International lenders back Egypt debt, domestic yields climb

Egypt is chasing its short-term domestic market to fund ballooning Government deficits, but seems to be preparing for a new Eurobond issue to replace $1 bn in 8.75% Eurobonds maturing in July, according to Bloomberg.
A week ago, Bloomberg reported that US President Barack Obama’s May guarantee on $1 billion of Egyptian debt could cut the country’s borrowing costs, helping the transition to democracy. Bloomberg surveyed 5 fund managers and says the median estimate is that the guarantee could cut yields on the five-year debt by 200 basis points (2 percentage points) or the equivalent of $100 mn.
Yield watchers follow the 10-year Eurobond, issued at 5.75% in April 2010 and listed on the Bourse de Luxembourg. The 2020 bond price climbed at the start of June after the Government unveiled a new capital gains tax and higher corporate tax, although the news hit share prices and its yield fell 15 basis points (0.15 percentage point) to 5.66% on 2 June, the lowest since 14 January. It had peaked at 7.07% on 31 January.
The IMF has also announced a $3 bn loan and other reported backing includes a plan for a $2.2 bn World Bank loan and $4 billion in economic and budgetary aid from Saudi Arabia.
Sergey Dergachev, who helps manage the equivalent of $8.5 bn in emerging-market debt at Union Investment Privatfonds in Frankfurt told Bloomberg: “The U.S. guarantee helps to get more interest from investors and calm investors’ nerves a little bit. But underlying credit risks for Egypt are nevertheless very high.”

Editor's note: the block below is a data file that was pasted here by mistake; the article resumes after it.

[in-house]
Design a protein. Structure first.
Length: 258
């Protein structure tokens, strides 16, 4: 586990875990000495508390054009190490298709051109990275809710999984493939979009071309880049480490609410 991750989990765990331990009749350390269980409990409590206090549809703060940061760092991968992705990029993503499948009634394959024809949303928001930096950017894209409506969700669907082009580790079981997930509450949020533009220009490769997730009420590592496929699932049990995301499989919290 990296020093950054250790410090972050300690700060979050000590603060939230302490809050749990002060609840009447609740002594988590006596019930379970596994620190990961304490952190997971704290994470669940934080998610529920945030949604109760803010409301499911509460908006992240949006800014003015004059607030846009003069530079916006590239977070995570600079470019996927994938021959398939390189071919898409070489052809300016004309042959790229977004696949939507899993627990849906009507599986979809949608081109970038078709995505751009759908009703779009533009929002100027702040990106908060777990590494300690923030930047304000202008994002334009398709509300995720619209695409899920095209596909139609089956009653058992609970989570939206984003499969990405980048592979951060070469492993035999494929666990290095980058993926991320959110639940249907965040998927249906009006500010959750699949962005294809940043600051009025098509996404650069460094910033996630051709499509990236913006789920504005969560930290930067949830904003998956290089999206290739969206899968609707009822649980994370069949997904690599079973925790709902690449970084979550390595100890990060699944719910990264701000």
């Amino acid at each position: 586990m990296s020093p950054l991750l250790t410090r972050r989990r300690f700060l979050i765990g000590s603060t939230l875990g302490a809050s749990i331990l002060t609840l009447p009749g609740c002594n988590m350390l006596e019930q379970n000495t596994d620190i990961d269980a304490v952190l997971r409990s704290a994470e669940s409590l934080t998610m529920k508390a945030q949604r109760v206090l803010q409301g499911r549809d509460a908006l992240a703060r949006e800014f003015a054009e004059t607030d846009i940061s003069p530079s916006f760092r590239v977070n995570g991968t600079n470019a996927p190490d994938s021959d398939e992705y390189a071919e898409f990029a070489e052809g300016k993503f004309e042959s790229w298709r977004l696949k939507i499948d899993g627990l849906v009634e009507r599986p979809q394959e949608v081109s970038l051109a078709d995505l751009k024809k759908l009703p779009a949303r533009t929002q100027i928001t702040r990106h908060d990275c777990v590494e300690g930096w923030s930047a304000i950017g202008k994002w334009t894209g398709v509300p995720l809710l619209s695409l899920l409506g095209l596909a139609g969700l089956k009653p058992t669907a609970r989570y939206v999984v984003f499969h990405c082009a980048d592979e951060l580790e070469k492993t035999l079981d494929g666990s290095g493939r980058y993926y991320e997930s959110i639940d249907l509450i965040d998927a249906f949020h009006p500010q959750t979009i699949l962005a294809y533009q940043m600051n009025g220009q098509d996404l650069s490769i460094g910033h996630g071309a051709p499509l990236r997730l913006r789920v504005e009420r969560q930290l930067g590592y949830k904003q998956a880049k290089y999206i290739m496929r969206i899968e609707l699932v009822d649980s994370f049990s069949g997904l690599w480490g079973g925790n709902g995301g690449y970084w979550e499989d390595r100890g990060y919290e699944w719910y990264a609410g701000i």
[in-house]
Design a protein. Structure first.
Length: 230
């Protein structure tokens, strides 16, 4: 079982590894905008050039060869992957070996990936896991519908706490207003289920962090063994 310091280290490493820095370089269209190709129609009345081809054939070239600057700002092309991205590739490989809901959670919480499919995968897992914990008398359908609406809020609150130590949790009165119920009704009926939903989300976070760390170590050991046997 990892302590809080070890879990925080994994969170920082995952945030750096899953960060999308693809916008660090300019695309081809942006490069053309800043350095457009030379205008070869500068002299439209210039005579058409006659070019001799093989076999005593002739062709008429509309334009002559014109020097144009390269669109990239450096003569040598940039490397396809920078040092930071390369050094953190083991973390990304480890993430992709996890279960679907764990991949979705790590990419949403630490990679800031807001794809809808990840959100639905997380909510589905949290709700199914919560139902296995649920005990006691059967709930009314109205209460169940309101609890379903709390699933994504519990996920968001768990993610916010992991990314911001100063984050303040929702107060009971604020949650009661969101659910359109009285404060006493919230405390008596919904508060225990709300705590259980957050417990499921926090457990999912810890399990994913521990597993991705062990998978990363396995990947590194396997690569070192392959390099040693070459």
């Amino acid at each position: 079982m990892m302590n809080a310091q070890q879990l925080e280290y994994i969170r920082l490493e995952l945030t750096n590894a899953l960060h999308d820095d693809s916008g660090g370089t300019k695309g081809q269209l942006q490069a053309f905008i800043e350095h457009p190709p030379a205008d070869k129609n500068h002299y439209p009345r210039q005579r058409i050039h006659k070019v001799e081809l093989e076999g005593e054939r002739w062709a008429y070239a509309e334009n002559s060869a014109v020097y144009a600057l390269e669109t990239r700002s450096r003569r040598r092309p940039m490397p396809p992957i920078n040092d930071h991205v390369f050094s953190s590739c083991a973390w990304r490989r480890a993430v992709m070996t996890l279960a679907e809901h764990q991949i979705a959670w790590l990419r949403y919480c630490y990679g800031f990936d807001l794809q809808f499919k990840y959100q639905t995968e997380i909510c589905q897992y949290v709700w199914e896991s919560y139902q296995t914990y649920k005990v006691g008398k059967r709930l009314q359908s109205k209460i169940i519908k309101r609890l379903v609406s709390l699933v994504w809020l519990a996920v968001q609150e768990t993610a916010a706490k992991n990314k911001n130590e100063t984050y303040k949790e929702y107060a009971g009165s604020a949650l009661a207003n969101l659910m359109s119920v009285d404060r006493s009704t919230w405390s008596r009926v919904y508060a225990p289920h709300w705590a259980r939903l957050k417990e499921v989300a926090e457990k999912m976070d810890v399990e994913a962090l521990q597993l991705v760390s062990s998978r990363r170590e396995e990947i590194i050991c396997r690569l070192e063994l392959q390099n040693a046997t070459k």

Bloomberg reports that Egypt is rated Ba3 by Moody’s, 3 levels below investment grade after its second downgrade this year in March. A statement on 24 May says: “Egypt suffers from deep-seated political, socio-economic challenges. These include chronic high rate of unemployment, elevated inflation and widespread poverty.” Unemployment rose to 11.9% in the first quarter this year, from 8.9% the previous quarter. Food prices have risen about 20% this year, according to the Government’s statistics agency. Standard & Poor’s rates Egypt BB.
According to a recent report on Bloomberg, the T-Bill auction on 19 June the Ministry of Finance fell 11% short of raising the EGP 6.5 billion ($1.1 bn) targeted at an auction of treasury bills. It sold EGP 3bn in 3-month bills, the highest since 13 February, and EGP 2.8 bn from 9-month bills, less than the EGP3.5 bn target. Bloomberg reports the average yield on the three-month securities jumped 16 basis points, the most since an auction on 20 April to 11.761%. The yield on nine-month bills gained 4 basis points to 12.944%.

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